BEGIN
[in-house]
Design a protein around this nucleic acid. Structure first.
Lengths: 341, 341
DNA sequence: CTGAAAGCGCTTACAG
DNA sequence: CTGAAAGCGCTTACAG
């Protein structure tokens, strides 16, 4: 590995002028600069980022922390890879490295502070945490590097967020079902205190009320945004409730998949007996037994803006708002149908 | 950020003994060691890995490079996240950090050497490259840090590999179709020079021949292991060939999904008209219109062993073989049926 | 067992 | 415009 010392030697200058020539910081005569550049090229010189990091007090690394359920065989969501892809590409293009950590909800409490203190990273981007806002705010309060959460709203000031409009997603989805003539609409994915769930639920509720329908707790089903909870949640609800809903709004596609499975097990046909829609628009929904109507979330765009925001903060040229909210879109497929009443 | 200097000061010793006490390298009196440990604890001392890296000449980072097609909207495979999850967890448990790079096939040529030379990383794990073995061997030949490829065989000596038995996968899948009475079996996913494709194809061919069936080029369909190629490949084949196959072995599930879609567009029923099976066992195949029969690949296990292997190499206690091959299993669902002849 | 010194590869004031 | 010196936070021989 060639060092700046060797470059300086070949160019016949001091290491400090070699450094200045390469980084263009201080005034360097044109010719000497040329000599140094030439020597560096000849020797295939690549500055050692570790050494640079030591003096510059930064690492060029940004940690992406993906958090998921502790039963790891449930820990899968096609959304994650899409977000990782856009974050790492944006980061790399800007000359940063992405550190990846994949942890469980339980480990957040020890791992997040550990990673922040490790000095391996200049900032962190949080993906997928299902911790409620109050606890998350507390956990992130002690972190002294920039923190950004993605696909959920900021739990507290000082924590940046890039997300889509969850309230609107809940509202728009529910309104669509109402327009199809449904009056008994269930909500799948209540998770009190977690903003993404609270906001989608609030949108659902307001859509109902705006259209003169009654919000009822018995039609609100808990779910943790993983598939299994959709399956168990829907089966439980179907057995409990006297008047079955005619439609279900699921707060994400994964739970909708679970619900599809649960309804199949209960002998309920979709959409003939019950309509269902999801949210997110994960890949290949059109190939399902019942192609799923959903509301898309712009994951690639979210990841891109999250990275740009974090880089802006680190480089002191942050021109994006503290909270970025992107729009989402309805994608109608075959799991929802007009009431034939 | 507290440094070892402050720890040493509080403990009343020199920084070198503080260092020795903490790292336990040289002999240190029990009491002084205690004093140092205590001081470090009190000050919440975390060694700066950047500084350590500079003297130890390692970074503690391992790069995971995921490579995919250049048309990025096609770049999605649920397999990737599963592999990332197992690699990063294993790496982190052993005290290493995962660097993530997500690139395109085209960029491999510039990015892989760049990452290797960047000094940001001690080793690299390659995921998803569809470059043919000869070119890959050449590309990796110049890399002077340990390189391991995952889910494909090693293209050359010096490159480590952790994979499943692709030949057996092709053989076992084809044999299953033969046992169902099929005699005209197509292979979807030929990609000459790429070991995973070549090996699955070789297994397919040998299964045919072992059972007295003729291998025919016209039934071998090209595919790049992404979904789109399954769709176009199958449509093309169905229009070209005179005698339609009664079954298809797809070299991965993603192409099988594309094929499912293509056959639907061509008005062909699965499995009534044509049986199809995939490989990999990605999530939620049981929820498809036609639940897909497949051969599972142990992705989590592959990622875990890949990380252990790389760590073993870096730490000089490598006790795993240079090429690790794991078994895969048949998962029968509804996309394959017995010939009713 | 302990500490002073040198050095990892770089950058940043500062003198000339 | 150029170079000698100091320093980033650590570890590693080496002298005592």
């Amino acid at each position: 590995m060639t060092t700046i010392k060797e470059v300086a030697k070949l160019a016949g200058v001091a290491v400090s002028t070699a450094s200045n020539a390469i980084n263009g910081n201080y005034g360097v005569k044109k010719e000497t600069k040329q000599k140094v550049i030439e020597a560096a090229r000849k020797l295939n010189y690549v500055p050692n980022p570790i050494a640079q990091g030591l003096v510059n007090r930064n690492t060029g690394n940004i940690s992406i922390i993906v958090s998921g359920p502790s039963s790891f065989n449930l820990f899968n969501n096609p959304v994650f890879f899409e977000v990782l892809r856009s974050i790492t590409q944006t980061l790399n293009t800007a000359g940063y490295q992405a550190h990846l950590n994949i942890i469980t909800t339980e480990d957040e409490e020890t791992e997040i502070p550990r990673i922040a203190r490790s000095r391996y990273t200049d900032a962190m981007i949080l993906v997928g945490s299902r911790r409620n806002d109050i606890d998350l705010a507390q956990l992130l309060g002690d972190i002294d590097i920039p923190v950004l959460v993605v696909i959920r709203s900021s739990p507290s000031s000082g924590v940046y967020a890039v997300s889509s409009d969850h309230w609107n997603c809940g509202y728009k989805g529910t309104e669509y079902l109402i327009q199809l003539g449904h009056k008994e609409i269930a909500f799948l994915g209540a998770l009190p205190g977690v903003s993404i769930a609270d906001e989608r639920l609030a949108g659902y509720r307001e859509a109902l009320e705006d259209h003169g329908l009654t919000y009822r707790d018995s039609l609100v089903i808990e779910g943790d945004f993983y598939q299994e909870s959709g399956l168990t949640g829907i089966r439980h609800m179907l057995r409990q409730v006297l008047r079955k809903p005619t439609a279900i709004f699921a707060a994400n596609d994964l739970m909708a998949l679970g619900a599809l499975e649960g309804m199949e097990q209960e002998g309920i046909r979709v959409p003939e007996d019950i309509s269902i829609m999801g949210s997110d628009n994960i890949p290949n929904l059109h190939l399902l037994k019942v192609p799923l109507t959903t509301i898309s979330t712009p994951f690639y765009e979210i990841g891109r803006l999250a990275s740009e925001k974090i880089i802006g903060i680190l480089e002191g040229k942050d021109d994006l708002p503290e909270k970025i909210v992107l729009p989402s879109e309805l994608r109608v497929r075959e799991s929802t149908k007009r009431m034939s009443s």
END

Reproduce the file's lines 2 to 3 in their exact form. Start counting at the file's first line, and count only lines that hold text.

Design a protein around this nucleic acid. Structure first.
Lengths: 341, 341